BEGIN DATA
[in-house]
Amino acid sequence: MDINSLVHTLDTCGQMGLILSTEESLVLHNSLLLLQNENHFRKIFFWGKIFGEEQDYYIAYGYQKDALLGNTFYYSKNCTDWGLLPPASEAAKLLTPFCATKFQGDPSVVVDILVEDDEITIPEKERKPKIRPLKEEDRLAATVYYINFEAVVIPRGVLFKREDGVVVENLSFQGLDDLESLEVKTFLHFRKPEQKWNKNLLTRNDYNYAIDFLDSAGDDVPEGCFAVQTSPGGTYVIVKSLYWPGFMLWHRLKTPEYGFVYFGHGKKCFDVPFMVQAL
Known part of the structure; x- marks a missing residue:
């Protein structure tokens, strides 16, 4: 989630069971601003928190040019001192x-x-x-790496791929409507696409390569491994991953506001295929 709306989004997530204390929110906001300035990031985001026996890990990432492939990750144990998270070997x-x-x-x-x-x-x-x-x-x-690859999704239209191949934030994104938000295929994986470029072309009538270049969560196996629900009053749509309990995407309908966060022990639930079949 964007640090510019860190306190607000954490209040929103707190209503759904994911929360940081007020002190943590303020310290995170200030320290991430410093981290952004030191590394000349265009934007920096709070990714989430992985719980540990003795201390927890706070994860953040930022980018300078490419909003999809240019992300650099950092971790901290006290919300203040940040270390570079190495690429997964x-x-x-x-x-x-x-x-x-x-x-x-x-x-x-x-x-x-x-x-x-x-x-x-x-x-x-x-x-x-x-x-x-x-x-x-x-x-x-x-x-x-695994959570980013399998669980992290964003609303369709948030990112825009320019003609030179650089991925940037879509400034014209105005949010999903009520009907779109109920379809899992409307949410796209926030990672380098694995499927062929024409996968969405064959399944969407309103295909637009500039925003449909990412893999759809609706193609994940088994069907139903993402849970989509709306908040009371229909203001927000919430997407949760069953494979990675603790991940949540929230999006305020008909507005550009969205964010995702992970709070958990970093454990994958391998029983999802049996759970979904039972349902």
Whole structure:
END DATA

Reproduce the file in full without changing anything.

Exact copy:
[in-house]
Amino acid sequence: MDINSLVHTLDTCGQMGLILSTEESLVLHNSLLLLQNENHFRKIFFWGKIFGEEQDYYIAYGYQKDALLGNTFYYSKNCTDWGLLPPASEAAKLLTPFCATKFQGDPSVVVDILVEDDEITIPEKERKPKIRPLKEEDRLAATVYYINFEAVVIPRGVLFKREDGVVVENLSFQGLDDLESLEVKTFLHFRKPEQKWNKNLLTRNDYNYAIDFLDSAGDDVPEGCFAVQTSPGGTYVIVKSLYWPGFMLWHRLKTPEYGFVYFGHGKKCFDVPFMVQAL
Known part of the structure; x- marks a missing residue:
């Protein structure tokens, strides 16, 4: 989630069971601003928190040019001192x-x-x-790496791929409507696409390569491994991953506001295929 709306989004997530204390929110906001300035990031985001026996890990990432492939990750144990998270070997x-x-x-x-x-x-x-x-x-x-690859999704239209191949934030994104938000295929994986470029072309009538270049969560196996629900009053749509309990995407309908966060022990639930079949 964007640090510019860190306190607000954490209040929103707190209503759904994911929360940081007020002190943590303020310290995170200030320290991430410093981290952004030191590394000349265009934007920096709070990714989430992985719980540990003795201390927890706070994860953040930022980018300078490419909003999809240019992300650099950092971790901290006290919300203040940040270390570079190495690429997964x-x-x-x-x-x-x-x-x-x-x-x-x-x-x-x-x-x-x-x-x-x-x-x-x-x-x-x-x-x-x-x-x-x-x-x-x-x-x-x-x-x-695994959570980013399998669980992290964003609303369709948030990112825009320019003609030179650089991925940037879509400034014209105005949010999903009520009907779109109920379809899992409307949410796209926030990672380098694995499927062929024409996968969405064959399944969407309103295909637009500039925003449909990412893999759809609706193609994940088994069907139903993402849970989509709306908040009371229909203001927000919430997407949760069953494979990675603790991940949540929230999006305020008909507005550009969205964010995702992970709070958990970093454990994958391998029983999802049996759970979904039972349902």
Whole structure: